Similarly, the U.S. played a major role in developing the healthcare system of South Korea following the Korean War, and political leaders in that country today credit post-war health development efforts and the U.S-supported 1977 creation of the National Health Insurance system for startling improvements in Korean health and the so-called Han River economic miracle. South Korea lowered its child mortality rate from 146 deaths per 1000 children under 5 years of age in 1960 to a mere 4/1000 in 2010, according to the World Bank. And between 1980 and the present life expectancy in the country shot up from 66 to 81 years, well ahead of the United States. The country spends $1,439 per capita on health, or about 6.9 percent of GDP.
U.S. military analysts draw on the Marshall/MacArthur/Korean experiences in current promotion of health systems development in Africa. AFRICOM, the Department of Defense command for the region, favors massive development for the continent, hinging on advances in healthcare access and provision.
Similarly, the U.S. Agency for International Development (USAID) and the Obama Administration’s Global Health Initiative (a cross-agency effort) have shifted focus away from narrow health initiatives towards development of sustainable national healthcare programs for all in countries like Ghana, Cambodia, Ethiopia, Rwanda and South Africa. Creation of health systems at U.S. taxpayer expense is considered a lynchpin of anti-terrorism efforts in fragile states such as Afghanistan and Iraq.
Now in early stages of building universal health coverage systems are China, India and South Africa – three of the so-called BRICS emerging market nations. Brazil embarked on development of a universal health scheme starting in 1996, which picked up steam under President Lula da Silva in recent years. Life expectancy in Brazil was 54 years in 1960; it is 73 years today and rising. Over the same time period child mortality rates plummeted from 178 (number of under-5 year olds per 100 dying annually) to 21 under the nation’s Unified Health System. Even massive India, with its wide gaps in income and significant difference in governance capacity from state-to-state, is embarking on an ambitious scheme that aims to provide universal coverage for quality care to all its citizenry.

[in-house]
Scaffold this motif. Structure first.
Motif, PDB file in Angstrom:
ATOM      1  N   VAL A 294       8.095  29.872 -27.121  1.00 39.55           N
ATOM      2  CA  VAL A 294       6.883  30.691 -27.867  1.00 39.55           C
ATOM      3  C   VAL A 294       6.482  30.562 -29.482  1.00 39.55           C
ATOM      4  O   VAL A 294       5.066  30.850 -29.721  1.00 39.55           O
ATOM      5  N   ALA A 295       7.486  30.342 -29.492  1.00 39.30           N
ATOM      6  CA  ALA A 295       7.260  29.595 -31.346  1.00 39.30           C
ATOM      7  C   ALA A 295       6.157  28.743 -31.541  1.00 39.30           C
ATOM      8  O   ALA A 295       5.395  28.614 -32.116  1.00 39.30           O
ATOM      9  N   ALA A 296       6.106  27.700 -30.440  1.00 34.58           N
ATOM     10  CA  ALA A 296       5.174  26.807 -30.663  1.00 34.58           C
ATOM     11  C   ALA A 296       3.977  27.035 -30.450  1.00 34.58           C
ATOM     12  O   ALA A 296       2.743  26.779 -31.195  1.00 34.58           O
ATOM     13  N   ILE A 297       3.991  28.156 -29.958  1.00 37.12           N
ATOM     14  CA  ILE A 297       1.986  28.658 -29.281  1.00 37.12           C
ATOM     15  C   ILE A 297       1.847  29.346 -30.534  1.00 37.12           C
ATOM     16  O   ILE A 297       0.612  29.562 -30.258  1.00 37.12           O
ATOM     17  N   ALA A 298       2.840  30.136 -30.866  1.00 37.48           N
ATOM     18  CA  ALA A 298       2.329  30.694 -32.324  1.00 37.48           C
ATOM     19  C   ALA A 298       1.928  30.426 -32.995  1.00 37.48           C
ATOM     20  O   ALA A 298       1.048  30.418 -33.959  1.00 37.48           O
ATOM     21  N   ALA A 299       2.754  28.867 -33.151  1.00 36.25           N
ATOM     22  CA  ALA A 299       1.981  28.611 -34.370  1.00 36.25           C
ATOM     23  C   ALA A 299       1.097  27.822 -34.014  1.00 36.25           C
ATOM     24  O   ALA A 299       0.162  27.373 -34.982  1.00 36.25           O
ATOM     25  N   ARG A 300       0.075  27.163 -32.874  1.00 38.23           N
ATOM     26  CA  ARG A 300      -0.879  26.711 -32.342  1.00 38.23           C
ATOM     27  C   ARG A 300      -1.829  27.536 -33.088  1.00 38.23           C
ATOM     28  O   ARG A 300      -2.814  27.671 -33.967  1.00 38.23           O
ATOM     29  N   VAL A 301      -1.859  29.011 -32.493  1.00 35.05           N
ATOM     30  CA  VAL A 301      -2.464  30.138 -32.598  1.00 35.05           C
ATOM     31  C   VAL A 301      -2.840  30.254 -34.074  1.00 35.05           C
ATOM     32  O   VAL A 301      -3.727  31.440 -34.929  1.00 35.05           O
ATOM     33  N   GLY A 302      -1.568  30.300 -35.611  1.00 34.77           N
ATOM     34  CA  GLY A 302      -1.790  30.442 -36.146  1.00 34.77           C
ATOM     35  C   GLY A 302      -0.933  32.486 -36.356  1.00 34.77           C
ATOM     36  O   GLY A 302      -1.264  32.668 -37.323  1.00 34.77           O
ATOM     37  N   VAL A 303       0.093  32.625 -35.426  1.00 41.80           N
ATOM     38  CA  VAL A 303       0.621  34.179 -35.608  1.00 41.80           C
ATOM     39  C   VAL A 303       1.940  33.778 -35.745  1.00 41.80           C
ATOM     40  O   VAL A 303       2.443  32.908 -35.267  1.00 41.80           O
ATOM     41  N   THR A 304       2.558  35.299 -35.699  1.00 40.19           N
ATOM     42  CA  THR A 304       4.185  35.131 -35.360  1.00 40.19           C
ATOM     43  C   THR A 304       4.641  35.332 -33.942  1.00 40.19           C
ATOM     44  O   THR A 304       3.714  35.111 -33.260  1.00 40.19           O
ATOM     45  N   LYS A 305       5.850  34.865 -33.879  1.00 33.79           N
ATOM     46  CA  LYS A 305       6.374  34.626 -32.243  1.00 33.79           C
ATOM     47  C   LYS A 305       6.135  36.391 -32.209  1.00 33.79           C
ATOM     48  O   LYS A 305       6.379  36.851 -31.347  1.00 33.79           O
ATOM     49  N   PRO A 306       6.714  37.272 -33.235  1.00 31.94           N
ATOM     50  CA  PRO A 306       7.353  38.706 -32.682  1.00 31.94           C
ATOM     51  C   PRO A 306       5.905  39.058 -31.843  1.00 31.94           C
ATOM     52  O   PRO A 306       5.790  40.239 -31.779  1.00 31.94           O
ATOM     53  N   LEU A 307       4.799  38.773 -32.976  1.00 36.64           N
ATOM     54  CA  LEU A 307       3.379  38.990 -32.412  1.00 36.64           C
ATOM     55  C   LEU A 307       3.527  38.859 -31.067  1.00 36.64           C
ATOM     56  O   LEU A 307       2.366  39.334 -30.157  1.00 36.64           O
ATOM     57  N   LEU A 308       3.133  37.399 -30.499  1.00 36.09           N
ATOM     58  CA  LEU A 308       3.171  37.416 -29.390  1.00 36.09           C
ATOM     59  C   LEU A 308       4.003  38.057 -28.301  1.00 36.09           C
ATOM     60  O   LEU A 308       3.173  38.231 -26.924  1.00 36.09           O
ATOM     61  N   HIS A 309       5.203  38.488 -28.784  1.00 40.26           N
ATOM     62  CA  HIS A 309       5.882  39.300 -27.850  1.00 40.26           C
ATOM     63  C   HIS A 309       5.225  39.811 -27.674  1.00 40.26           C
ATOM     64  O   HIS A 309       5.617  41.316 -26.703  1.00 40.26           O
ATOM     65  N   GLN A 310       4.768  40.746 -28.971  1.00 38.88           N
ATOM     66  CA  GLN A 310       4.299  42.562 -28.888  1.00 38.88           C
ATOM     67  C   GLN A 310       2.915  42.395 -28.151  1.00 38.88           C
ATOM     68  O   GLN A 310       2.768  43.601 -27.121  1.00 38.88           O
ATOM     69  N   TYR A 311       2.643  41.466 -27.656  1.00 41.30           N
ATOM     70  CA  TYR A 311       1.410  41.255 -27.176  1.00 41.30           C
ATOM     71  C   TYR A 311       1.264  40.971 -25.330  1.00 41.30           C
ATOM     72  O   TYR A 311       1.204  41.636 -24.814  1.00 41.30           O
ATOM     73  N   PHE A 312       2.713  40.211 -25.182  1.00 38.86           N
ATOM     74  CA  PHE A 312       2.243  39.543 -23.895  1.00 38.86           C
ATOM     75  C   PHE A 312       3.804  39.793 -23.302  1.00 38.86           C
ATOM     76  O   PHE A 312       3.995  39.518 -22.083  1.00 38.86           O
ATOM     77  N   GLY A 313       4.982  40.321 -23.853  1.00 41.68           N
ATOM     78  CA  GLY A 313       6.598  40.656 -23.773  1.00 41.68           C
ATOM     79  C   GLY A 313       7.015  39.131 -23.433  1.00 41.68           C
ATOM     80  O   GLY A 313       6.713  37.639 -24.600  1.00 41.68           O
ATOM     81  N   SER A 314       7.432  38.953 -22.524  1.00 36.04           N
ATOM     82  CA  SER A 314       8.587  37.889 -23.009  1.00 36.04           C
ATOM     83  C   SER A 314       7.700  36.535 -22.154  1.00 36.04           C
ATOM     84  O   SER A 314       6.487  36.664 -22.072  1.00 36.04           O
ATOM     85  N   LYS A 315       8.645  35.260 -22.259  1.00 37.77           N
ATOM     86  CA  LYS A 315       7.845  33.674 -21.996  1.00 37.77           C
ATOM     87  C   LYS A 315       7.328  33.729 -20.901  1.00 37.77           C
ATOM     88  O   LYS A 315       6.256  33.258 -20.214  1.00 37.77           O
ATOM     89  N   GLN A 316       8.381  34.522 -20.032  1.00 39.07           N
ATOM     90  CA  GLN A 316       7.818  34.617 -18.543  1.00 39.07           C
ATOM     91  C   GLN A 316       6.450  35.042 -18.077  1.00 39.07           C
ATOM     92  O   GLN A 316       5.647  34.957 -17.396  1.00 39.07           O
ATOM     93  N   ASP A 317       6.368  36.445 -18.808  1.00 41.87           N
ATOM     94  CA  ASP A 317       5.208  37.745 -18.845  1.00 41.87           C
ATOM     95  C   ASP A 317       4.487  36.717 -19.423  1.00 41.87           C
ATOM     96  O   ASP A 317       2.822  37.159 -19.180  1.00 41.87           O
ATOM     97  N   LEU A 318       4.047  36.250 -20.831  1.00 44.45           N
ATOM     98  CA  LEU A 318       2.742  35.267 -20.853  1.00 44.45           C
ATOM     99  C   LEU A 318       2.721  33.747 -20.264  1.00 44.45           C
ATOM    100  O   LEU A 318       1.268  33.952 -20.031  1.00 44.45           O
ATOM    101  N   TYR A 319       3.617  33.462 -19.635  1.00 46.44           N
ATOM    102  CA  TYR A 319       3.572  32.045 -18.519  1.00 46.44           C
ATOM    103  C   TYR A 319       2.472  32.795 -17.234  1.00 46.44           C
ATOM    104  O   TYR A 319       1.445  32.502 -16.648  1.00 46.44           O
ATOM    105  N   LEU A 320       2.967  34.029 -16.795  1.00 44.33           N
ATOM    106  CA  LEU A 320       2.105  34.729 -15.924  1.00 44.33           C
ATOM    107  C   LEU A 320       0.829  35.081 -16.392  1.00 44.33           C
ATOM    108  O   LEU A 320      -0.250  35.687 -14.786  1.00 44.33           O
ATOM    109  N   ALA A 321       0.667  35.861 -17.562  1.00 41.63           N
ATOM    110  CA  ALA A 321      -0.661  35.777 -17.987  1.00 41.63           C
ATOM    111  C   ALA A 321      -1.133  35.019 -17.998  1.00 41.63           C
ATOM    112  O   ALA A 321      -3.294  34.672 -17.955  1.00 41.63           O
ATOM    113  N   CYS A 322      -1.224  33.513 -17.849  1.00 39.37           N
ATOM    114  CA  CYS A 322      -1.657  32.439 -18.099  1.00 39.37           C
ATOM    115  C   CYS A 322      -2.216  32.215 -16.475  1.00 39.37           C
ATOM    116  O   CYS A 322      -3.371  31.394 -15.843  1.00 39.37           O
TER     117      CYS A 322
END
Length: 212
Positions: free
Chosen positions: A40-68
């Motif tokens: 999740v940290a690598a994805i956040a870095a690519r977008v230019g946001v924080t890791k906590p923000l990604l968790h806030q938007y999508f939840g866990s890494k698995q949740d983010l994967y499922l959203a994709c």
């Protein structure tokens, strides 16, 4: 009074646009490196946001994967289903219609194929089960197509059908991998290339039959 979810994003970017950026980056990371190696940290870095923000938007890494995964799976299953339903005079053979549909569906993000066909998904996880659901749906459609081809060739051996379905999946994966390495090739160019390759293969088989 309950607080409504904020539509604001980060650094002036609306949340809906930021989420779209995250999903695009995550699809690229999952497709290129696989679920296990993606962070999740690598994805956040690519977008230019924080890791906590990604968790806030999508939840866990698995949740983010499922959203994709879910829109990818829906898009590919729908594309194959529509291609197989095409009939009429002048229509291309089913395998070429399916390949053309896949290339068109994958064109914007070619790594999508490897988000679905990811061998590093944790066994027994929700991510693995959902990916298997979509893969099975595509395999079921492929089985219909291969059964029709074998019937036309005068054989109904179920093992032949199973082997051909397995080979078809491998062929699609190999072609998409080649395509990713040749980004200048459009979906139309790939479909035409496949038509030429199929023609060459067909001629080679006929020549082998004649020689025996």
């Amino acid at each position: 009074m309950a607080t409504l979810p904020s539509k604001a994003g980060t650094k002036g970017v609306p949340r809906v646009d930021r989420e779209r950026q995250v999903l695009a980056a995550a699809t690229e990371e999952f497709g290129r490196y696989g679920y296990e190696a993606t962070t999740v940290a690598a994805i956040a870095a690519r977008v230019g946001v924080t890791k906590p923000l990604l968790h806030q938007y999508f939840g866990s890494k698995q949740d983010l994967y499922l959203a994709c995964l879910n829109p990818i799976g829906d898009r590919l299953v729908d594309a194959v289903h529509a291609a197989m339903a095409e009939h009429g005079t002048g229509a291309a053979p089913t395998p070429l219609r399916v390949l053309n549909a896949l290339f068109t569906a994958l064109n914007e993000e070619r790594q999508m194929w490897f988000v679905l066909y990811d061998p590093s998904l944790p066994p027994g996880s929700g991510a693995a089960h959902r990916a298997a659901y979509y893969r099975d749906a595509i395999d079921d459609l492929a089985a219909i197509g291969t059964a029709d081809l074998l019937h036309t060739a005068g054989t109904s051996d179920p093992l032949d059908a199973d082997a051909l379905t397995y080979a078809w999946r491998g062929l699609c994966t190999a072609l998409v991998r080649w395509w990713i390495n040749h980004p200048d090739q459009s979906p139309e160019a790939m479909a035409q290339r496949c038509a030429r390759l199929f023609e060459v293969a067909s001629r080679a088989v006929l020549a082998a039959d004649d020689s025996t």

This year South Africa embarked on a program that aims by 2025 to provide equitable medical care and coverage to the entire population at a cost of some 6.2 percent of GDP, or about $33 billion/year. To accomplish this in a country of high unemployment, tremendous income disparity and an HIV rate of some 25 percent in reproductive-aged adults will be a neat trick. The government reckons this can be accomplished by tripling the number of South African doctors, creating a National Health Insurance scheme to which those providers bill their services, and funding it with a combination of a taxable income surcharge, payroll taxes and a value added tax. Helping South Africa along its way are several U.S. taxpayer-supported programs, including PEPFAR (the President’s Emergency Plan for AIDS Relief), U.S. contributions to the Global Fund to Fight AIDS, Tuberculosis and Malaria, and direct financing from the U.S. Agency for International Development. This year (FY2012) South Africa was the #1 recipient of health aid from the U.S., totaling $469,969,000.
The most spectacular improvements in population health are occurring in countries that have tackled healthcare financing, creating various means of providing universal coverage to their populations. While some of these universal coverage nations have locked into the Otto Von Bismarck-inspired Prussian tradition of designating the State the universal payer of all medical costs, most have engineered more complex and nuanced coverage that mixes public and private care insurance, capped payments to hospitals and physicians and some form of patient direct payment. A key imperative driving health coverage initiatives is the bankrupting impact of out-of-pocket medical expenses in most countries. According to the OECD Indians and Mexicans individually pay for about half of their medical bills out-of-pocket, Chinese are burdened with about 45 percent -- compared to the Netherlands where only some 5 percent of health services are covered by individuals.